Author Credentials

James Clayton Curry, MS4 Joan C. Edwards School of Medicine at Marshall University Curry162@marshall.edu Shane E. Cook, MD Boone Memorial Hospital Drcook.se@gmail.com

Author ORCID Identifier



Lyme Disease, erythema migrans, Borrelia burgdorferi


Dermatology | Infectious Disease | Medicine and Health Sciences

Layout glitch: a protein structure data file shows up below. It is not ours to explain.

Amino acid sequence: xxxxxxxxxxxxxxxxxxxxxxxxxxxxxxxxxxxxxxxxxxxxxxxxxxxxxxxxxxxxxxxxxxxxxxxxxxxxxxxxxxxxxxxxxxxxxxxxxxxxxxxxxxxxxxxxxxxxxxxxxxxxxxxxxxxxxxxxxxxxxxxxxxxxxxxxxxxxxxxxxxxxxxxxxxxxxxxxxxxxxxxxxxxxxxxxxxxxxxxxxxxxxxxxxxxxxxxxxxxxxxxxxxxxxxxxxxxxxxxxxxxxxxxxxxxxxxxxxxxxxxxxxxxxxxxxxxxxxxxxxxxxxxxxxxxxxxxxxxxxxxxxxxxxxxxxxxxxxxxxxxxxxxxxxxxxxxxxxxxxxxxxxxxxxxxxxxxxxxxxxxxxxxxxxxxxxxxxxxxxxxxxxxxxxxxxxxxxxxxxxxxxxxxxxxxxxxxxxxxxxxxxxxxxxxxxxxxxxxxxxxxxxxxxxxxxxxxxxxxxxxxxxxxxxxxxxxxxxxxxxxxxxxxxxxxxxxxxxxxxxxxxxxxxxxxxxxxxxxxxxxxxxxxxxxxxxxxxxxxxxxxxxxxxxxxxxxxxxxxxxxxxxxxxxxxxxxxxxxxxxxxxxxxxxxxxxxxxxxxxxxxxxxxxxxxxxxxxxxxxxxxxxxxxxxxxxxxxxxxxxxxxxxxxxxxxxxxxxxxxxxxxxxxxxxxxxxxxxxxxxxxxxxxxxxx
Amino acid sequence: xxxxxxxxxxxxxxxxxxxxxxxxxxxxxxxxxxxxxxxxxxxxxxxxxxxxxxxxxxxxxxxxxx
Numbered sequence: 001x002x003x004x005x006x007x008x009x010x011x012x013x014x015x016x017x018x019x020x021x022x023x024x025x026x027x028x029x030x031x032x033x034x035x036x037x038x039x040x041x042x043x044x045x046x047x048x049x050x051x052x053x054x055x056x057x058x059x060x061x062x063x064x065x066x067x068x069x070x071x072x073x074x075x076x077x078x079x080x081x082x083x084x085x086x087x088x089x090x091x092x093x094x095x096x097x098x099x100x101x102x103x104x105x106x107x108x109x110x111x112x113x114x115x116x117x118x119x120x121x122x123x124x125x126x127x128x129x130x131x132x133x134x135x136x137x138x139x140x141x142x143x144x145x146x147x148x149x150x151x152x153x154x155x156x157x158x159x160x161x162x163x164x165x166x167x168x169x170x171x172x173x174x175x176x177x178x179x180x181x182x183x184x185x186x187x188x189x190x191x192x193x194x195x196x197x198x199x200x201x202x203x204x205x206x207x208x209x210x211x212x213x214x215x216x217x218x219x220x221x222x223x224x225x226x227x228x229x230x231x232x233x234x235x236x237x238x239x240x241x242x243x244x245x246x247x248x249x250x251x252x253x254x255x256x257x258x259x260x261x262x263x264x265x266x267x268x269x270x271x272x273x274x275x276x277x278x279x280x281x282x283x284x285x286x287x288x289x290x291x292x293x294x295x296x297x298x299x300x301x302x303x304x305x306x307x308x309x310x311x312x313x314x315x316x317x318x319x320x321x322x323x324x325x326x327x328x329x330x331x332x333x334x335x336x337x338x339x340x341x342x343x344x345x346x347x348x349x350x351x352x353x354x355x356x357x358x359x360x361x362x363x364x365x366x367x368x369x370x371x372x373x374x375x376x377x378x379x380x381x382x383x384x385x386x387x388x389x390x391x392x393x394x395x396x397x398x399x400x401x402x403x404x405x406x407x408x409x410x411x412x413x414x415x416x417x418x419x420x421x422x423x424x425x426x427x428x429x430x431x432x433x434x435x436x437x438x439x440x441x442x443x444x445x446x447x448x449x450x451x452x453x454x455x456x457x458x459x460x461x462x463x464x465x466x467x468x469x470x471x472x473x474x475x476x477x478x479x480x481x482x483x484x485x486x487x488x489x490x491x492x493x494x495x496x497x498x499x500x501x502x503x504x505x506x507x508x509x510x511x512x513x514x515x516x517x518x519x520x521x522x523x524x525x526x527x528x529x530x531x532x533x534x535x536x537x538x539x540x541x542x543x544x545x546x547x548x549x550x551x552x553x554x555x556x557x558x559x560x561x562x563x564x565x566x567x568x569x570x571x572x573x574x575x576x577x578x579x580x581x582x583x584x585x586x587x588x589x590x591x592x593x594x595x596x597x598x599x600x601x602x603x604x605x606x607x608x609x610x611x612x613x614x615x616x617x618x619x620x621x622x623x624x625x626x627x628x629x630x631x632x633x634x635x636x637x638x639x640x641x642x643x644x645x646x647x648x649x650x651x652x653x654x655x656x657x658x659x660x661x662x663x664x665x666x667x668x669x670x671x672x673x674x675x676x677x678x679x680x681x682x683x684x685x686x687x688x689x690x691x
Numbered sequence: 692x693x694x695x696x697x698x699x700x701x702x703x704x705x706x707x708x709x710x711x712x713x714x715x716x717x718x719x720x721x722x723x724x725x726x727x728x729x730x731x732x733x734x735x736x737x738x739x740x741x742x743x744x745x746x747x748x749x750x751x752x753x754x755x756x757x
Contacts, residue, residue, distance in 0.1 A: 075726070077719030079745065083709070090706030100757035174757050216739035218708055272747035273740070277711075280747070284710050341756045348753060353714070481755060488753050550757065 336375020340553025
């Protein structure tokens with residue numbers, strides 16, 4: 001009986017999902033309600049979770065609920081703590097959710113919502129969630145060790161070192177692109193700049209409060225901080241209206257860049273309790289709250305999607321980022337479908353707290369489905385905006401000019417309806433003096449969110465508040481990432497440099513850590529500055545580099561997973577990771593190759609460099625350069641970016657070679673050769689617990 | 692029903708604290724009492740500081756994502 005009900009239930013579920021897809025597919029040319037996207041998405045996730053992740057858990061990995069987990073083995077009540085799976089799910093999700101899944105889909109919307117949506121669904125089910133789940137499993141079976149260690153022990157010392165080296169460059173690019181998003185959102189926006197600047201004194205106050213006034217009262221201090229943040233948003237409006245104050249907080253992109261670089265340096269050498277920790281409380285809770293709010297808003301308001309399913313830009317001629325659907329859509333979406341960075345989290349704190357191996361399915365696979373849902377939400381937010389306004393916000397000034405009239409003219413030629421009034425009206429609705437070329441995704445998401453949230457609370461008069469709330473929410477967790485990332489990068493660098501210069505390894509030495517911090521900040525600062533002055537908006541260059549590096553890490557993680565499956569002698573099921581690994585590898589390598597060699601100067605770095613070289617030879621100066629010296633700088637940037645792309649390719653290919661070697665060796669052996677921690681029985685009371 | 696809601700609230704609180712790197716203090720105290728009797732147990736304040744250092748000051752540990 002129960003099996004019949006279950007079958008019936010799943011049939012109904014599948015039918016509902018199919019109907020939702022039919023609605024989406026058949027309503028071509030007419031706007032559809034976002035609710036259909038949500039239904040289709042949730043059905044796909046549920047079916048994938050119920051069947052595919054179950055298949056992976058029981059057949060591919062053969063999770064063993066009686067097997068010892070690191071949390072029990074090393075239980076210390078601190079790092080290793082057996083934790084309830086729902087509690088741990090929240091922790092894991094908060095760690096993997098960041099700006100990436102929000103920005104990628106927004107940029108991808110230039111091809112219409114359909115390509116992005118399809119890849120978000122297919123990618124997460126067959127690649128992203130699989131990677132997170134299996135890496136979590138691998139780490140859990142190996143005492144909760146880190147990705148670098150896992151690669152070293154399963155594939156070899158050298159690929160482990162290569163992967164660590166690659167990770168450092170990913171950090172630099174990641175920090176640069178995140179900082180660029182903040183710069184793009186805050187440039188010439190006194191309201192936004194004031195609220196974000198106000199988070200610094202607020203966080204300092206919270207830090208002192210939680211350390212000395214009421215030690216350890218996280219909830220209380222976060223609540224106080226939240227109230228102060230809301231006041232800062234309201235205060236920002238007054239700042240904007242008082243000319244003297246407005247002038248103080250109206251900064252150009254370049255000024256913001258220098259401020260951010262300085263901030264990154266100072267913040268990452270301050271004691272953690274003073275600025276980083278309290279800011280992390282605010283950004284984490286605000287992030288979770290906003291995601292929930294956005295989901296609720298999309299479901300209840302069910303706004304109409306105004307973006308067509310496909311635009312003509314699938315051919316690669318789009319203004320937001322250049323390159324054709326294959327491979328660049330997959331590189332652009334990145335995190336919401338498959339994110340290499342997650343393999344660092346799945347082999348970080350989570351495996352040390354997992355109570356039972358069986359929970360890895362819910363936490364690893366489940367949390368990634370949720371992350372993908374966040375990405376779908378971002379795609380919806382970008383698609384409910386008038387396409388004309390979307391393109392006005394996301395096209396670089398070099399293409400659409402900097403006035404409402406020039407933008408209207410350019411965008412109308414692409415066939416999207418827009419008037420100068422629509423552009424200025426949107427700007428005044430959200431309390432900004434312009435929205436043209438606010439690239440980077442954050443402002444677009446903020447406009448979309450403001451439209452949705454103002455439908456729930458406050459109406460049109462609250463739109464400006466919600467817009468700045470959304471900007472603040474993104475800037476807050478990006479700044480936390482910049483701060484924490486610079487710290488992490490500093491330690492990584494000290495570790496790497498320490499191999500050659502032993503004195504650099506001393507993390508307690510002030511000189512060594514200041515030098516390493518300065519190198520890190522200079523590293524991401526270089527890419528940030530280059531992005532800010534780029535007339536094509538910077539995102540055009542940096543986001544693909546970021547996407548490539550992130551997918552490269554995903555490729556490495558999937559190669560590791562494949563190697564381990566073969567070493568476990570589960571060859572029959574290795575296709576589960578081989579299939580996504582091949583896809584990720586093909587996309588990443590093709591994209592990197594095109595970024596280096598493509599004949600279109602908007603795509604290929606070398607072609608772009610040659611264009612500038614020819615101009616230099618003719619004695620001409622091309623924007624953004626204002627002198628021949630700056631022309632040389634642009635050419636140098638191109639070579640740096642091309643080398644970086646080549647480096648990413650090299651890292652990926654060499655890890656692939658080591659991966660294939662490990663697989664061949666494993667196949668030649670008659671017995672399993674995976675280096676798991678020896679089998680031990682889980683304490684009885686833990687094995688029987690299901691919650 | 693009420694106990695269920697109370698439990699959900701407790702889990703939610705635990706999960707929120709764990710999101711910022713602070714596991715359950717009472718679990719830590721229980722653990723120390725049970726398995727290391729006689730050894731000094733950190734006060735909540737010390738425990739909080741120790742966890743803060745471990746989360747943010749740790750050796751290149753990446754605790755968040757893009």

Lyme disease is a systemic infection caused by the spirochete Borrelia burgdorferi often carried the Ixodes tick. It is associated with dermatologic manifestations, most notably the “bullseye rash” of erythema migrans. The disease can progress in stages to involve other organs such as joints, heart, and the nervous system. Lyme disease is continuing to spread, with West Virginia cases increasing dramatically in the last 2 decades. As a result, physicians are likely to encounter this disease more often, making recognition and early treatment a top priority in order to prevent potentially dangerous sequelae. We present a case of a 60-year-old man who presented with multiple erythematous annular plaques and was subsequently diagnosed with Lyme disease. He had no known exposure to ticks, was treated for Lyme Disease, and subsequently developed a Jarisch- Herxheimer reaction (JHR).